Amyotrophic lateral sclerosis (ALS) is a progressive, lethal neurodegenerative disease without any effective therapy. To evaluate the potential of wild-type bone marrow (BM)-derived stem cells to modify the ALS phenotype, we generated BM chimeric Cu/Zn superoxide dismutase (SOD1) mice by transplantation of BM cells derived from mice expressing green fluorescent protein (GFP) in all tissues and from Thy1-YFP mice that express a spectral variant of GFP (yellow fluorescent protein) in neurons only. In the recipient cerebral cortex, we observed rare GFP+ and YFP+ neurons, which were probably generated by cell fusion, as demonstrated by fluorescence in situ hybridization (FISH) analysis, suggesting that this phenomenon is not limited to Purkinje cells. GFP-positive microglial cells were extensively present in both the brain and spinal cord of the affected animals. Completely differentiated and immature GFP+ myofibres were also present in the heart and skeletal muscles of SOD1 mice, confirming that BM cells can participate in striated muscle tissue regeneration. Moreover, wild-type BM chimeric SOD1 mice showed a significantly delayed disease onset and an increased life span, probably due to a positive 'non-neuronal environmental' effect rather than to neuronogenesis. This improvement in SOD1-G93A mouse survival is comparable with that previously obtained using some safer pharmacological agents. BM transplantation-related complications in humans preclude its clinical application for ALS treatment. However, our data suggest that further studies aimed at improving the degree of tissue chimerism by BM-derived cells may provide valuable insights into strategies to slow ALS progression.

Wild-type bone marrow cells ameliorate the phenotype of SOD1-G93A ALS mice and contribute to CNS, heart and skeletal muscle tissues / S.P. Corti, F. Locatelli, C. Donadoni, M. Guglieri, D. Papadimitriou, S. Strazzer, R. Del Bo, G.P. Comi. - In: BRAIN. - ISSN 0006-8950. - 127:Pt 11(2004 Nov), pp. 2518-2532. [10.1093/brain/awh273]

Wild-type bone marrow cells ameliorate the phenotype of SOD1-G93A ALS mice and contribute to CNS, heart and skeletal muscle tissues

S.P. Corti
Primo
;
R. Del Bo
Penultimo
;
G.P. Comi
Ultimo
2004-11

Abstract

Amyotrophic lateral sclerosis (ALS) is a progressive, lethal neurodegenerative disease without any effective therapy. To evaluate the potential of wild-type bone marrow (BM)-derived stem cells to modify the ALS phenotype, we generated BM chimeric Cu/Zn superoxide dismutase (SOD1) mice by transplantation of BM cells derived from mice expressing green fluorescent protein (GFP) in all tissues and from Thy1-YFP mice that express a spectral variant of GFP (yellow fluorescent protein) in neurons only. In the recipient cerebral cortex, we observed rare GFP+ and YFP+ neurons, which were probably generated by cell fusion, as demonstrated by fluorescence in situ hybridization (FISH) analysis, suggesting that this phenomenon is not limited to Purkinje cells. GFP-positive microglial cells were extensively present in both the brain and spinal cord of the affected animals. Completely differentiated and immature GFP+ myofibres were also present in the heart and skeletal muscles of SOD1 mice, confirming that BM cells can participate in striated muscle tissue regeneration. Moreover, wild-type BM chimeric SOD1 mice showed a significantly delayed disease onset and an increased life span, probably due to a positive 'non-neuronal environmental' effect rather than to neuronogenesis. This improvement in SOD1-G93A mouse survival is comparable with that previously obtained using some safer pharmacological agents. BM transplantation-related complications in humans preclude its clinical application for ALS treatment. However, our data suggest that further studies aimed at improving the degree of tissue chimerism by BM-derived cells may provide valuable insights into strategies to slow ALS progression.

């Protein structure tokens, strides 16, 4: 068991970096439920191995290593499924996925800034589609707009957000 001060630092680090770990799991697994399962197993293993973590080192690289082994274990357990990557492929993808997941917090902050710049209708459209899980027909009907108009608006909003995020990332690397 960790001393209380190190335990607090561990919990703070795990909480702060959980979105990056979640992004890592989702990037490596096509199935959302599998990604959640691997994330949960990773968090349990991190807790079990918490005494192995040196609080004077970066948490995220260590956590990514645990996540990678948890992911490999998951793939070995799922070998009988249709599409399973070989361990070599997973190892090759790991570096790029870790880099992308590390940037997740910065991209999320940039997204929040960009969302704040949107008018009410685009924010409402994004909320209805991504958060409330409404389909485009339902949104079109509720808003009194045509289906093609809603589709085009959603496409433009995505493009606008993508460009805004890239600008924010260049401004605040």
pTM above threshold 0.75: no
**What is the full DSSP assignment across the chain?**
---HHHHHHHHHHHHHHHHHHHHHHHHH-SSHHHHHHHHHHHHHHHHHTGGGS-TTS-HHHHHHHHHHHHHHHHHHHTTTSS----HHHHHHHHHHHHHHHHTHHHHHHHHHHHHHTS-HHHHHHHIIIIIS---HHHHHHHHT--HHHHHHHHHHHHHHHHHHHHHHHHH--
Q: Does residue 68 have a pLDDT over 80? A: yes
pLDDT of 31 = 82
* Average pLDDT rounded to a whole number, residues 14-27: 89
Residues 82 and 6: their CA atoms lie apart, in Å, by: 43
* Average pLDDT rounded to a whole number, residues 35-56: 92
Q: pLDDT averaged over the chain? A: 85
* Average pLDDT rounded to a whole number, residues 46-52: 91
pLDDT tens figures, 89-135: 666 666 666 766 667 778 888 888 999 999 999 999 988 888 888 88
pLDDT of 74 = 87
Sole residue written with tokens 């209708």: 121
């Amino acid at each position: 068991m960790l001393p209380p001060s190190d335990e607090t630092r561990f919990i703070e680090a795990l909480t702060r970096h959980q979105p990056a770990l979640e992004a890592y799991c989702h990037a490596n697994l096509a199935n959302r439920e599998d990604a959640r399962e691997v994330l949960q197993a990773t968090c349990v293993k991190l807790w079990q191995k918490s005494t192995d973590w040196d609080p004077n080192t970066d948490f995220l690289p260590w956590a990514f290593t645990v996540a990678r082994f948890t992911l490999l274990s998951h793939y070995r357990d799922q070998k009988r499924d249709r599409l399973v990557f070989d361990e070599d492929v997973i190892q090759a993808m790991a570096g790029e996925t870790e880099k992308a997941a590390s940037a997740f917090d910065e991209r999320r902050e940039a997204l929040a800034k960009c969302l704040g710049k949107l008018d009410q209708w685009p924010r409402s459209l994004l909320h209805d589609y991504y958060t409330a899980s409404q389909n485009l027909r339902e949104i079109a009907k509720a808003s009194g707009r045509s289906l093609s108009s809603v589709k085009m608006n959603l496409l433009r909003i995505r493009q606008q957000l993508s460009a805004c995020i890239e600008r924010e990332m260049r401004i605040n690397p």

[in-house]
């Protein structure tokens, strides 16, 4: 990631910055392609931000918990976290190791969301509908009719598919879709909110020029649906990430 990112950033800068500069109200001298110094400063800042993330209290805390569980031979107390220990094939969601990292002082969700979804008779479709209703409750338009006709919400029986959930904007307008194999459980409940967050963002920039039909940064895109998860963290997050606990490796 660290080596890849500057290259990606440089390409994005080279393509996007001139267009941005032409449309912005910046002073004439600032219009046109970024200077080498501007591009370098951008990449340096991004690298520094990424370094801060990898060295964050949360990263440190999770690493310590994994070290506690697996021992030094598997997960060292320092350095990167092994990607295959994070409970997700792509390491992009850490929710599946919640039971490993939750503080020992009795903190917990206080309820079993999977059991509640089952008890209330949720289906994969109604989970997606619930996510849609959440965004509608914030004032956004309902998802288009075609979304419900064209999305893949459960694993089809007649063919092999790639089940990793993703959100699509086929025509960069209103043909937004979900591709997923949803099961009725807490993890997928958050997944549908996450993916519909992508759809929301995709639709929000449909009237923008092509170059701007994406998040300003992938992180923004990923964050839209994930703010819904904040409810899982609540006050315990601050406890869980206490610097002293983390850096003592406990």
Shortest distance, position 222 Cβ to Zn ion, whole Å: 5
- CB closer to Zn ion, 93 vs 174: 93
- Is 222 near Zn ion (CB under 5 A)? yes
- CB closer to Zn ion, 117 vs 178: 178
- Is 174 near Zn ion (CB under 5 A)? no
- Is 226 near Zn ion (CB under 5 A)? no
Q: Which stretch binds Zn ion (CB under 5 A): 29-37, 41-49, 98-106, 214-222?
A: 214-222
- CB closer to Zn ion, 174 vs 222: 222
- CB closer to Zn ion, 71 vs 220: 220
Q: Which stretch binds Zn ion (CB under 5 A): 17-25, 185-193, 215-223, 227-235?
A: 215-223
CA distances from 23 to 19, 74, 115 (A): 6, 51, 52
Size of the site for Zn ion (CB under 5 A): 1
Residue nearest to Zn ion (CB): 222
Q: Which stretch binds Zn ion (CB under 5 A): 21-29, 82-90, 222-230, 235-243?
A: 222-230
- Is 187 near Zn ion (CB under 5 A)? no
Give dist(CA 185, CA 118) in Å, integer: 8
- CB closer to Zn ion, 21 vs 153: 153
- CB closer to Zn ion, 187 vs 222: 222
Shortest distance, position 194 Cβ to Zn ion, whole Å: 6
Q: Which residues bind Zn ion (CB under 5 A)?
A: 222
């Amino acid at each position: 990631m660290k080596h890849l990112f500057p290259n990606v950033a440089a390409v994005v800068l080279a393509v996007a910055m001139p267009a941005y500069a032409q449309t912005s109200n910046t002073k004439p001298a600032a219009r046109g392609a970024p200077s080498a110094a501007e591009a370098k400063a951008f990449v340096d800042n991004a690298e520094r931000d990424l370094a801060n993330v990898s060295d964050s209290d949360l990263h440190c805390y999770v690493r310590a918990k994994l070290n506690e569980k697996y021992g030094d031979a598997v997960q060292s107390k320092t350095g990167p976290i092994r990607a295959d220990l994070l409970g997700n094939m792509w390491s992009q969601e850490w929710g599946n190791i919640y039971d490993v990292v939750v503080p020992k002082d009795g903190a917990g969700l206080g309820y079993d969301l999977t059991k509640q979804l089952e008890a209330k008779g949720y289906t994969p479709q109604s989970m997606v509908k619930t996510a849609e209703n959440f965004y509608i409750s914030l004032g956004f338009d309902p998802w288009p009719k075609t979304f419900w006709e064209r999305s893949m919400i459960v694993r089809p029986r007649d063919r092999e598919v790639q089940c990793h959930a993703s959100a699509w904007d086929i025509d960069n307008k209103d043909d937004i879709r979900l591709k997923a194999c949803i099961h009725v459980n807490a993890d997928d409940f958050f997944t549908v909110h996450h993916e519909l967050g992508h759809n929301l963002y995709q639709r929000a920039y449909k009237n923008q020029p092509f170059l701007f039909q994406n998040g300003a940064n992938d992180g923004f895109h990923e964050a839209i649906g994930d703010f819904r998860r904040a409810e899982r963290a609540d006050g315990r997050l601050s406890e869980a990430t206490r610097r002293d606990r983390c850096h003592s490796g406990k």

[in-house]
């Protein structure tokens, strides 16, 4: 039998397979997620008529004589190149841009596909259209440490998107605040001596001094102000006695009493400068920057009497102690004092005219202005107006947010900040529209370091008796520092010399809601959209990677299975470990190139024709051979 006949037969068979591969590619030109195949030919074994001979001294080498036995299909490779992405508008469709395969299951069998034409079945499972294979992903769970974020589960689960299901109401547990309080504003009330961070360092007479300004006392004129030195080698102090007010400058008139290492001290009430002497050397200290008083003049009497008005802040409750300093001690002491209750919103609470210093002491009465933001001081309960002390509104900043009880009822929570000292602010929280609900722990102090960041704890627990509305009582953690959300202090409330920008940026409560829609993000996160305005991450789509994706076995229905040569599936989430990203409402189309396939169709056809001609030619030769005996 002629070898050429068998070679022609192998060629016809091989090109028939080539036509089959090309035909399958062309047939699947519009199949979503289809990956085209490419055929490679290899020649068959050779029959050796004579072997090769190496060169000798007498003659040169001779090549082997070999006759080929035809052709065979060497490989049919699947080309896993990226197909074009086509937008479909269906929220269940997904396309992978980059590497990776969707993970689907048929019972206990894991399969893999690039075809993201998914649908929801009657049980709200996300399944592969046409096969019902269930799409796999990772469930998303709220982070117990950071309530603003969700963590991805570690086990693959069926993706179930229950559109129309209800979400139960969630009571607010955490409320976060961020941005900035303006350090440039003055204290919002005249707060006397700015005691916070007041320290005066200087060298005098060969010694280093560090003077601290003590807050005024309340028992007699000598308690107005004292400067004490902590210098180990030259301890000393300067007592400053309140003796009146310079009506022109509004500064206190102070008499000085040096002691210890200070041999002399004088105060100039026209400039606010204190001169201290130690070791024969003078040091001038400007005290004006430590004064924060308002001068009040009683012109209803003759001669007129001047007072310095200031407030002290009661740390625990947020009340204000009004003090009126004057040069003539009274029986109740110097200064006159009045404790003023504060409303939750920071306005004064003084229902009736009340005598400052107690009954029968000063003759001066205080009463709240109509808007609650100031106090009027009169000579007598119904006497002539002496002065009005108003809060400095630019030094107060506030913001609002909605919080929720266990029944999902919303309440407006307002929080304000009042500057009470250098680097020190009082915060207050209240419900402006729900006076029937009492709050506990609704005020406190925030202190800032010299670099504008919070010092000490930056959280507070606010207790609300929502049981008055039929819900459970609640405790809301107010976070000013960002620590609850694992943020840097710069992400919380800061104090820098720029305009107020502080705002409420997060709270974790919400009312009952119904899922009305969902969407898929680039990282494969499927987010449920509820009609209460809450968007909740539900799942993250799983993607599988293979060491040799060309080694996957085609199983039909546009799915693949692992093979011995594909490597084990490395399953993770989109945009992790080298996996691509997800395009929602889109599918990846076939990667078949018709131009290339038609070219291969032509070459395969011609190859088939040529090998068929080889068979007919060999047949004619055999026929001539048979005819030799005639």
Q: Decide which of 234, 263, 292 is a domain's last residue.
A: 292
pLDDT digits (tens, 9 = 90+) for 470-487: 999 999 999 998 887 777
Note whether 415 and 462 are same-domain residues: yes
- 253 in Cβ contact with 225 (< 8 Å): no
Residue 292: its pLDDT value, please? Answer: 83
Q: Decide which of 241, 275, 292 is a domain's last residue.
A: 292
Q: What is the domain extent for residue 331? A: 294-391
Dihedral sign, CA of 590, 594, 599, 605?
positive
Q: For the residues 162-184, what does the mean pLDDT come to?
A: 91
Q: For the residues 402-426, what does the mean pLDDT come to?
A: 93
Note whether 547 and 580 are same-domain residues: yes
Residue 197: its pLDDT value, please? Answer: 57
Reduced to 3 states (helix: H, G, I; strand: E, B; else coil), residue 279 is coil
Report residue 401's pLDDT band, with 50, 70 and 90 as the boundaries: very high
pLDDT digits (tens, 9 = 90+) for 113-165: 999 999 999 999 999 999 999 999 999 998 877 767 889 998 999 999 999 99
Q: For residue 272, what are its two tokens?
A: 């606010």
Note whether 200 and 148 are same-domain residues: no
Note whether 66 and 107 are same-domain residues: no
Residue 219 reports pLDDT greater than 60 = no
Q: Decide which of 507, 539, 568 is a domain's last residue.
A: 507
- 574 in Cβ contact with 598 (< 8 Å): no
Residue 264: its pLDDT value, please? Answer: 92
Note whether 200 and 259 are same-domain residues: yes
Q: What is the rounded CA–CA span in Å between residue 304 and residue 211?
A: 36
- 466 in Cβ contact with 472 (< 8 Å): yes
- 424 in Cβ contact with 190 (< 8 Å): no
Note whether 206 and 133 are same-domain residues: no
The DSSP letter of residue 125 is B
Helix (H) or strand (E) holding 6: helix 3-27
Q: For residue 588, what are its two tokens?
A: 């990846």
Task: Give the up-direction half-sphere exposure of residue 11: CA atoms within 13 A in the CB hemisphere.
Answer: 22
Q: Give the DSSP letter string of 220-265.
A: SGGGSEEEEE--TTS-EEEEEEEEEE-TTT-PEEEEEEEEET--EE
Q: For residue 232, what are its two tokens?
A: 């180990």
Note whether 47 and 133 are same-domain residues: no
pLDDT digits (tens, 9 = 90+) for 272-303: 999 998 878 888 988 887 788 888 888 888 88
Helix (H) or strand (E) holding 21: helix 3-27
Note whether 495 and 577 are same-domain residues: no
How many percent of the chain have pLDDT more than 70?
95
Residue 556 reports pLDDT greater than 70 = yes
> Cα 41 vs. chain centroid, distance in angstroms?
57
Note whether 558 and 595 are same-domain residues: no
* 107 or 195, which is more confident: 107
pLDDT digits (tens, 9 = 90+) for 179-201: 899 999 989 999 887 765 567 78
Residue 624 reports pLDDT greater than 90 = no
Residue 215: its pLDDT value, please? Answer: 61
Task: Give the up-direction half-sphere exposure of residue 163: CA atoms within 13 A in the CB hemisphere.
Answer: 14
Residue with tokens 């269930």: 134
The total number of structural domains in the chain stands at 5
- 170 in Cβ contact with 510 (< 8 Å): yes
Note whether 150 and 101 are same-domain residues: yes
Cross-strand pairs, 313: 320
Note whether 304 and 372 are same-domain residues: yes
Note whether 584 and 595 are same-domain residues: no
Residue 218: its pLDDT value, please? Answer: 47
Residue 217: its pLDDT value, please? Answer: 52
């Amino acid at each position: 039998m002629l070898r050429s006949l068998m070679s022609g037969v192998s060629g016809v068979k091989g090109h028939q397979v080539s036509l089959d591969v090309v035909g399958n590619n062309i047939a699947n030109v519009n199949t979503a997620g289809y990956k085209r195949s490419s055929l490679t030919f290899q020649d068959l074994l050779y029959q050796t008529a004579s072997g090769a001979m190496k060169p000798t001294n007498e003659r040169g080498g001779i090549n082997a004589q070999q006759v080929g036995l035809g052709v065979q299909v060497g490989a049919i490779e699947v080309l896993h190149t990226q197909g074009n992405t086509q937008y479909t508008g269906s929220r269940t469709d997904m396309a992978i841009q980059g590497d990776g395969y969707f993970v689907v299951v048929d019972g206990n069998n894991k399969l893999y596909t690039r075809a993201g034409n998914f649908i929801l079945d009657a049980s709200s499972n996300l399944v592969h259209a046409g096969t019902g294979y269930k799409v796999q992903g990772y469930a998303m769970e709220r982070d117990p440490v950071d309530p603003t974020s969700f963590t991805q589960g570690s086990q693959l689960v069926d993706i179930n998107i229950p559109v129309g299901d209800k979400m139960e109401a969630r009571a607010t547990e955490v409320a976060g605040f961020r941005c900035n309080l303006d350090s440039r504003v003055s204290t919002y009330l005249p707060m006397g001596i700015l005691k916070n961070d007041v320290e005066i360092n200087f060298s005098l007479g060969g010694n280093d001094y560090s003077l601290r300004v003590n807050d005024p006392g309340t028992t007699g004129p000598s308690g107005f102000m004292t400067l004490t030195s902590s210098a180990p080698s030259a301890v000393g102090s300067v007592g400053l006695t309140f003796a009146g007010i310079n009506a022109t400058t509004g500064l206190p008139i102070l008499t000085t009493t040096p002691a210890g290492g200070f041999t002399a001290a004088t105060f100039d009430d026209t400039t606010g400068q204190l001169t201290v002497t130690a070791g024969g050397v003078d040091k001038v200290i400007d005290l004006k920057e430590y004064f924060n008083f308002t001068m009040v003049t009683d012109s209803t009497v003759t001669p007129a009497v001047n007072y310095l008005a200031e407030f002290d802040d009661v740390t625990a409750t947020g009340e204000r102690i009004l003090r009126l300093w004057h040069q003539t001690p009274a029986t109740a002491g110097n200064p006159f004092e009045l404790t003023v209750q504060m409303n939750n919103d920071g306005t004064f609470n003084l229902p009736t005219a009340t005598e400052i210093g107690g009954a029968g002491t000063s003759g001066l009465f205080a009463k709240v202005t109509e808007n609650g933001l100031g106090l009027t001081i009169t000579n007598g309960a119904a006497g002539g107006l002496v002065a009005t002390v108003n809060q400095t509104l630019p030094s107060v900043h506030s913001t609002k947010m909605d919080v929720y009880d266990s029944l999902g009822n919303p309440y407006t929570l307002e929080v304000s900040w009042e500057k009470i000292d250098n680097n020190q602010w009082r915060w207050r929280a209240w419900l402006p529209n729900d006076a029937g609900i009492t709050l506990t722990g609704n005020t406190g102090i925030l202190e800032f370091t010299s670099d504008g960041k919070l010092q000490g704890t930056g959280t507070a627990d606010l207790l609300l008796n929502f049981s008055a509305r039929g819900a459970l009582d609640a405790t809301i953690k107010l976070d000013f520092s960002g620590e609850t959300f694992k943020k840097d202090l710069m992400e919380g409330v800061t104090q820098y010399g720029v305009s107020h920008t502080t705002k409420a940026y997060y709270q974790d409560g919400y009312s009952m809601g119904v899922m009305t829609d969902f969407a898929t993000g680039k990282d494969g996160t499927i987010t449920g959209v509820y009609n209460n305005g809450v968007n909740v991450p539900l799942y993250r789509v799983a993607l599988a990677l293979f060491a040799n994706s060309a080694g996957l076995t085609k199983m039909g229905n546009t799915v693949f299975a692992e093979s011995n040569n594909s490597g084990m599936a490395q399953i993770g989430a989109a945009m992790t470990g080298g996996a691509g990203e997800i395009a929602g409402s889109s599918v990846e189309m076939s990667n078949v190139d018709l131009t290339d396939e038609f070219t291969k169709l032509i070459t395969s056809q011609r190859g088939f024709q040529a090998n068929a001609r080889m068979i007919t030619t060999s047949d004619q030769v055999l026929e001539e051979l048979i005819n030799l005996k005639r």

Superoxide Dismutase ; Animals ; Spinal Cord ; Transplantation Chimera ; In Situ Hybridization, Fluorescence ; Cell Differentiation ; Mice ; Mice, Transgenic ; Muscle, Skeletal ; Cerebral Cortex ; Phenotype ; Amyotrophic Lateral Sclerosis ; Neurons ; Bone Marrow Transplantation ; Survival Analysis ; Myocardium
Settore MED/26 - Neurologia
Article (author)
File in questo prodotto:
Non ci sono file associati a questo prodotto.
Pubblicazioni consigliate

Caricamento pubblicazioni consigliate

I documenti in IRIS sono protetti da copyright e tutti i diritti sono riservati, salvo diversa indicazione.

Utilizza questo identificativo per citare o creare un link a questo documento: http://hdl.handle.net/2434/207214
Citazioni
  • ???jsp.display-item.citation.pmc??? 48
  • Scopus 170
  • ???jsp.display-item.citation.isi??? 155
social impact